JESUP JESUP — Sen. Saxby Chambliss warned Georgia growers Friday to brace for major cuts in crop subsidy programs as lawmakers fight to pass a new five-year farm bill through a Congress focused on shedding debt.
Addressing about 50 farmers at a forum in southeast Georgia, Chambliss predicted the Senate will pass a farm bill this summer that cuts about $23 billion in agriculture and food programs over the next decade. He predicted those cuts may not be deep enough to satisfy the House, which will have its own version.
“This is going to be by far the most difficult one to write and the process is not going to be pretty,” said Chambliss, a Republican member of the Senate Agriculture Committee. “We’re going to see major changes, and these are going to be changes that are not going to be as welcome as some in the past.”
One change Chambliss said is certain: Congress will eliminate direct payments that go to farmers regardless of whether crop prices and yields and high or low. The subsidy costs taxpayers about $5 billion each year.
Direct payments have been favored by cotton and peanut farmers, a major constituency in Georgia. But the federal budget crisis has made the subsidy almost impossible to defend, especially considering the American farmers are enjoying booming crop prices.
“This is probably the worst time in history to write a farm bill, because people think we really don’t need one,” said Zippy Duvall, president of the Georgia Farm Bureau. “But we will see low prices again, and that’s why we need a good farm bill.”
Duvall and other farm advocates are telling their growers that direct payments are off the table for the 2012 farm bill and they need to find a cheaper alternative that offers financial help when it’s needed during lean harvests and market conditions.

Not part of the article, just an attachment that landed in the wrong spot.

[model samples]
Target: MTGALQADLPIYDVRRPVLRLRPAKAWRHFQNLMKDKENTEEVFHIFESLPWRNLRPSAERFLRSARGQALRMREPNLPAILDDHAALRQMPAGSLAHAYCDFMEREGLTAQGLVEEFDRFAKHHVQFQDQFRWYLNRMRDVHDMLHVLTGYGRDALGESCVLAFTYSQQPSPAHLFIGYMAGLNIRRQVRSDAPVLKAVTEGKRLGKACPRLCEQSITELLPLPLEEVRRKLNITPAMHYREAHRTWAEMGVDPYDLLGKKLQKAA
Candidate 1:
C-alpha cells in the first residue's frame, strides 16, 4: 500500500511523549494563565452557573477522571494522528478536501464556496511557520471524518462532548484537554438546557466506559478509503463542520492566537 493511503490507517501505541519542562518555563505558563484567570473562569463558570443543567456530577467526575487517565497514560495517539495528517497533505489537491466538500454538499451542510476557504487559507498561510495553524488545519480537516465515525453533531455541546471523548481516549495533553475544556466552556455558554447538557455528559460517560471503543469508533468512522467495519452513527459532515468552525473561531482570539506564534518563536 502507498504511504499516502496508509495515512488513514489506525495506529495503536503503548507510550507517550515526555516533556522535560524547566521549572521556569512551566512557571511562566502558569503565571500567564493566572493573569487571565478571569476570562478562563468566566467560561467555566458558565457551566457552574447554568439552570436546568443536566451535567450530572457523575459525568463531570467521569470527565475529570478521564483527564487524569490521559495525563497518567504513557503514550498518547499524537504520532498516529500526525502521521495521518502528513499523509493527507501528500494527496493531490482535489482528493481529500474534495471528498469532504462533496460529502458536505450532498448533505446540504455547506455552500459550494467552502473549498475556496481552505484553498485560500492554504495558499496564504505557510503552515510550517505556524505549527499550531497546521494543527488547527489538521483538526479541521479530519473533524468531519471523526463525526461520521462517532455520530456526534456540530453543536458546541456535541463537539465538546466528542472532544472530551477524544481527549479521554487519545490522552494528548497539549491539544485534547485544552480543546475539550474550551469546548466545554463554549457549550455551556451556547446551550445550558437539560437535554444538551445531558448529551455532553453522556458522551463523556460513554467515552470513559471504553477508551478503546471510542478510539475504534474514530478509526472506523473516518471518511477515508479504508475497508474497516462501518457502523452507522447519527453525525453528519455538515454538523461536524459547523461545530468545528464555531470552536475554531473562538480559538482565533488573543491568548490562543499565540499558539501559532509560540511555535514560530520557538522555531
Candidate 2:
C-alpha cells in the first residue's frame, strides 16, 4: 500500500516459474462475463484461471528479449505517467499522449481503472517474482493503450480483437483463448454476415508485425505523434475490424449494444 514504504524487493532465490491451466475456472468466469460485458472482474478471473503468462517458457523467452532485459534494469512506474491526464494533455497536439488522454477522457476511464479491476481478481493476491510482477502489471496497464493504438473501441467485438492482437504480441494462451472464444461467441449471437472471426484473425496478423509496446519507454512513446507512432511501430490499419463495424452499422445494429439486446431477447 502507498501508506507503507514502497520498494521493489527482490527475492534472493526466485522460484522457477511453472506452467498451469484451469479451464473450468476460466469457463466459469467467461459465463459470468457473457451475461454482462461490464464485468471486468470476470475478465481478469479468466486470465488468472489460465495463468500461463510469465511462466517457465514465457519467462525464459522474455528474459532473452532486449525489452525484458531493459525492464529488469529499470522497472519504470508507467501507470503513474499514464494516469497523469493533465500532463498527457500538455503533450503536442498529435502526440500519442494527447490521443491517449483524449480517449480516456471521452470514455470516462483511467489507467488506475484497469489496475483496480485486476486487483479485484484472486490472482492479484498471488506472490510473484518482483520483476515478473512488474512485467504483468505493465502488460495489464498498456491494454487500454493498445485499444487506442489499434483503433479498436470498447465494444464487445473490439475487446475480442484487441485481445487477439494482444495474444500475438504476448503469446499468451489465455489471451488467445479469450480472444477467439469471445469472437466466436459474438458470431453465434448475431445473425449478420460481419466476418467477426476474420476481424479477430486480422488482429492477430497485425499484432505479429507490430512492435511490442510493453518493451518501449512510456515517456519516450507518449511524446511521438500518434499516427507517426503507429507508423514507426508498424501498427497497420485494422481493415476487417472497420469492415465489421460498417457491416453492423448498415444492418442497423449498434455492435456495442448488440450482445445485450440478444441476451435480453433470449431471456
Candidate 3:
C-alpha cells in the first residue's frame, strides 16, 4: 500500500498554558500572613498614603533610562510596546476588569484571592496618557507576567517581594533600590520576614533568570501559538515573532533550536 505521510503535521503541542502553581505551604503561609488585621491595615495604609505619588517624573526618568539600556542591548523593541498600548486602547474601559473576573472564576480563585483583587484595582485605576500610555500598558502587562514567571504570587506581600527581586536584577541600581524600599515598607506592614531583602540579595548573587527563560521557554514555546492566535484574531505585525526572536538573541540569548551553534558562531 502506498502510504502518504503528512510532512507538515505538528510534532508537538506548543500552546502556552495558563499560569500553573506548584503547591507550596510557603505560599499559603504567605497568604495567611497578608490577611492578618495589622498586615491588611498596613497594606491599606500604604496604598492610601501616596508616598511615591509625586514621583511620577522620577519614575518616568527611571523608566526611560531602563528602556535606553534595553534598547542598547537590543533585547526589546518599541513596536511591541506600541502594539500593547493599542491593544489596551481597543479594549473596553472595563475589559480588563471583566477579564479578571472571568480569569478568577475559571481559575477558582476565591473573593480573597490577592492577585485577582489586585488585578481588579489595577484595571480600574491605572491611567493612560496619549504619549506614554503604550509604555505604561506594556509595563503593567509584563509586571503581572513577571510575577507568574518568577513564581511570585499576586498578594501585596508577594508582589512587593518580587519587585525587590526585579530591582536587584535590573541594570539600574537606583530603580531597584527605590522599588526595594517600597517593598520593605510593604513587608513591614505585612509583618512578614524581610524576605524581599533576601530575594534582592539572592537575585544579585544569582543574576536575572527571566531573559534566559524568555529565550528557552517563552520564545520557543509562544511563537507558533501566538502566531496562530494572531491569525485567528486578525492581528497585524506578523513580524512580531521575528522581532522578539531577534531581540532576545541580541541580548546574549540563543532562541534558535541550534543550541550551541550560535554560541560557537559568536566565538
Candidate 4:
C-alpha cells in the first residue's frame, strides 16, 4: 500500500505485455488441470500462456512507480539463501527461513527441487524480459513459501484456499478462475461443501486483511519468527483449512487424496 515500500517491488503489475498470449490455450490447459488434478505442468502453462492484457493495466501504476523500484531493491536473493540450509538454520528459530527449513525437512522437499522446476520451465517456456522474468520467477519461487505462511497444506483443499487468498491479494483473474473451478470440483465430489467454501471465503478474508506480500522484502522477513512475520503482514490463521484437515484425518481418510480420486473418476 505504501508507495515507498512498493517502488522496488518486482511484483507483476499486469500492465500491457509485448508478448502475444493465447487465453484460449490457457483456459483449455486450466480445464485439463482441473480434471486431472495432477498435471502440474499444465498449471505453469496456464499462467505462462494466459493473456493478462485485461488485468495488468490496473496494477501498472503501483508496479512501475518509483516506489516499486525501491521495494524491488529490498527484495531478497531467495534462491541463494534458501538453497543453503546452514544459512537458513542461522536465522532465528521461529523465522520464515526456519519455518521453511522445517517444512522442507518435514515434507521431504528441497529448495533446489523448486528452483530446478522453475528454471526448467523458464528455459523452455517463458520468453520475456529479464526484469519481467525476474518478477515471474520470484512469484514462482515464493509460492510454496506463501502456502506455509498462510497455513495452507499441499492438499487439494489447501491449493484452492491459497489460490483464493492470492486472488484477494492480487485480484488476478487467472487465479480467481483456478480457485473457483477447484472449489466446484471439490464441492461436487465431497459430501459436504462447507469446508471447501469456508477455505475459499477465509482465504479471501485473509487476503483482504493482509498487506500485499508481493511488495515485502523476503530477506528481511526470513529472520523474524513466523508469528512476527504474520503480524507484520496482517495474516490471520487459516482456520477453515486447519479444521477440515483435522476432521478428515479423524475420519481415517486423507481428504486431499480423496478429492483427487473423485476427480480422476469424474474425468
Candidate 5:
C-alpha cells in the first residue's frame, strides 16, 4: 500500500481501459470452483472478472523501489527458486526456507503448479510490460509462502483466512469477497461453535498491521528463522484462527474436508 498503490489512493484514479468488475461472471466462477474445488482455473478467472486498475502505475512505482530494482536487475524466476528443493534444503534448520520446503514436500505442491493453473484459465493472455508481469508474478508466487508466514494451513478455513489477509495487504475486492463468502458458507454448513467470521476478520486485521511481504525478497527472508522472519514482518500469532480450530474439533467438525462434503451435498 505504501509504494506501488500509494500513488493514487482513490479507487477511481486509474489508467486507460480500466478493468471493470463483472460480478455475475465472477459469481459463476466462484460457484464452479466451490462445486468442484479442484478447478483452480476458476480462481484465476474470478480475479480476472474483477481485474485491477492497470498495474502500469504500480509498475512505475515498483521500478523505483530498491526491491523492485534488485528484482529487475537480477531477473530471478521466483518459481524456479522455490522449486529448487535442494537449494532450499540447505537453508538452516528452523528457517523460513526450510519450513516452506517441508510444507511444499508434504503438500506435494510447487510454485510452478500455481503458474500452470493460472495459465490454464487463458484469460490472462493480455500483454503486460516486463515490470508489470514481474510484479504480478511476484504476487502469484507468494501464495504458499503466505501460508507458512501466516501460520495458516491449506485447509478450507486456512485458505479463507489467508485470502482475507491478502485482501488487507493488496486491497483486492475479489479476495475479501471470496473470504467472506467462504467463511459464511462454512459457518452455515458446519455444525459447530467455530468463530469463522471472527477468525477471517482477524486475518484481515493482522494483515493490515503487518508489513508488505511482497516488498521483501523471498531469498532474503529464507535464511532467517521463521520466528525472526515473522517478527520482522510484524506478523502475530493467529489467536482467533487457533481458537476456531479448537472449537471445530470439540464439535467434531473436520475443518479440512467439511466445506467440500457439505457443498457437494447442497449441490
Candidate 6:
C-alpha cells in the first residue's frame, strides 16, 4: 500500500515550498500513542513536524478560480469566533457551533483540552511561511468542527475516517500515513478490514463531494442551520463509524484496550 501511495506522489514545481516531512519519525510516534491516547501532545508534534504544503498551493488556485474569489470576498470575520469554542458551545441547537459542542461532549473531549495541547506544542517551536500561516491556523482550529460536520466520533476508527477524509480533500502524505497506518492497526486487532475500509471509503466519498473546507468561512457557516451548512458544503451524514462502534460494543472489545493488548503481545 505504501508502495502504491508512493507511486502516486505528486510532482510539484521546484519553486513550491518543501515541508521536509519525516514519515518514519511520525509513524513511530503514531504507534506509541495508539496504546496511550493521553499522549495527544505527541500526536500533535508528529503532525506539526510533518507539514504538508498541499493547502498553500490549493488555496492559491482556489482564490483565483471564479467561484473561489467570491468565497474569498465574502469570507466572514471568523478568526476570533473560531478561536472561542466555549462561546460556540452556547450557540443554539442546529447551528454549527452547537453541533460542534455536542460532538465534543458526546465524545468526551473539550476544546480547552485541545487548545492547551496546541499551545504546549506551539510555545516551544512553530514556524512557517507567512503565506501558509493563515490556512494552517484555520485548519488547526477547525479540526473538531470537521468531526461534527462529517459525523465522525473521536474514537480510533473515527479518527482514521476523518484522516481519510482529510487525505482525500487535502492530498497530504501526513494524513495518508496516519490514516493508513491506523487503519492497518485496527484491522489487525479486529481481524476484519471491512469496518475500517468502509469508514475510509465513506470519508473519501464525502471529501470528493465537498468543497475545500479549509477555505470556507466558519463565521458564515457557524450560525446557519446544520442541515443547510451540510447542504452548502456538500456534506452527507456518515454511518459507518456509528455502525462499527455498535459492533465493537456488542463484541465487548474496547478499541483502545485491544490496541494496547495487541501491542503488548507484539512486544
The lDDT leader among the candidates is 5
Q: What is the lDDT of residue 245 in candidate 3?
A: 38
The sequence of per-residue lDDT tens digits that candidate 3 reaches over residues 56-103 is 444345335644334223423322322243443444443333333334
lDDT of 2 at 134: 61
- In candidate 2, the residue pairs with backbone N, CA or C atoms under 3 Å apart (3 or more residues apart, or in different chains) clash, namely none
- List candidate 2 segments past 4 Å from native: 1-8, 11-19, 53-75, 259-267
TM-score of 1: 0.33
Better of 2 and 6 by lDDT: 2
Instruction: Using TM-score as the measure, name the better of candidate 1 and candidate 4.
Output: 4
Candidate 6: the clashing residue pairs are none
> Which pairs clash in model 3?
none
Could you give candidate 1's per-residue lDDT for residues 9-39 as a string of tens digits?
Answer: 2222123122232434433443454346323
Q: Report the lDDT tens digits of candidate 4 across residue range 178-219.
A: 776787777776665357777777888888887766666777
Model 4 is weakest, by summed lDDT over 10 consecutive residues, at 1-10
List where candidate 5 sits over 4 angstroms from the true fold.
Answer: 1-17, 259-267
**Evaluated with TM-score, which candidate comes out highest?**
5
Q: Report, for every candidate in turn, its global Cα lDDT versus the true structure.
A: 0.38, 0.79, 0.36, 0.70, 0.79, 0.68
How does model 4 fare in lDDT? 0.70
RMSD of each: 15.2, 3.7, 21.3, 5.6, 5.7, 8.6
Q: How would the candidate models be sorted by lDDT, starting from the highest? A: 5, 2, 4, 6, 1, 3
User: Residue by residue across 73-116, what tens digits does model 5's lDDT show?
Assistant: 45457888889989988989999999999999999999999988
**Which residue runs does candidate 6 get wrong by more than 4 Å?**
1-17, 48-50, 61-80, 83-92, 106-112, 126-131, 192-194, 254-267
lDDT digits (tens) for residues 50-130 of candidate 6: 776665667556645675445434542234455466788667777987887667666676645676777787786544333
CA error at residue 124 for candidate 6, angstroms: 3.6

And Chambliss said point-blank he isn’t fighting to save the subsidy: “Direct payments are a thing of the past.”
A proposal favored by some lawmakers and commodity groups would replace direct payments with a new form of crop insurance tied to farm revenues. Growers would receive payouts when poor prices or crop yields reduced their revenues by as little as 5 percent.
John McGuire of the National Cotton Council said his group is pushing that option though it “would not have been this industry’s first choice.” But he said keeping direct payments with drastically reduced funding wouldn’t have left farmers with enough of a safety net.
However, peanut farmers such as John Boddiford of Sylvania say they need subsidy options other than revenue-based crop insurance.
“I’m real concerned about putting all our eggs in one basket on an insurance program,” Boddiford told Chambliss. “None of the revenue-based programs are showing where they’re going to help farmers in hard times.”
Unlike commodities such as cotton and soy beans, which are traded in futures markets, peanuts are a much smaller farm segment with no source for predicting harvest prices. Peanut growers say that’s a major reason revenue-based insurance just won’t work for them.
Robert Redding of the Southern Peanut Farmers Federation said his group is lobbying for growers to have others subsidy options. Chambliss said he agrees there doesn’t seem to be a “one-size-fits-all program” to replace direct payments.
John Harris, a row-crop farmer who also raises cows, said he’s concerned lawmakers may target farm bill funding for agricultural research, which he said has been key to helping Georgia growers improve their yields.
“Without the research that goes on at our universities, farming is dead,” Harris said.
Charles Hall of the Georgia Fruit and Vegetable Growers Association said protecting federal grants for research and training are at the top of his group’s farm bill priorities, because the bulk of his members produce grapes, peppers and other specialty crops that don’t qualify for government subsidies. He said grant money from the current farm bill has helped pay for research into battling a watermelon disease that’s infected the crops of many Georgia farmers.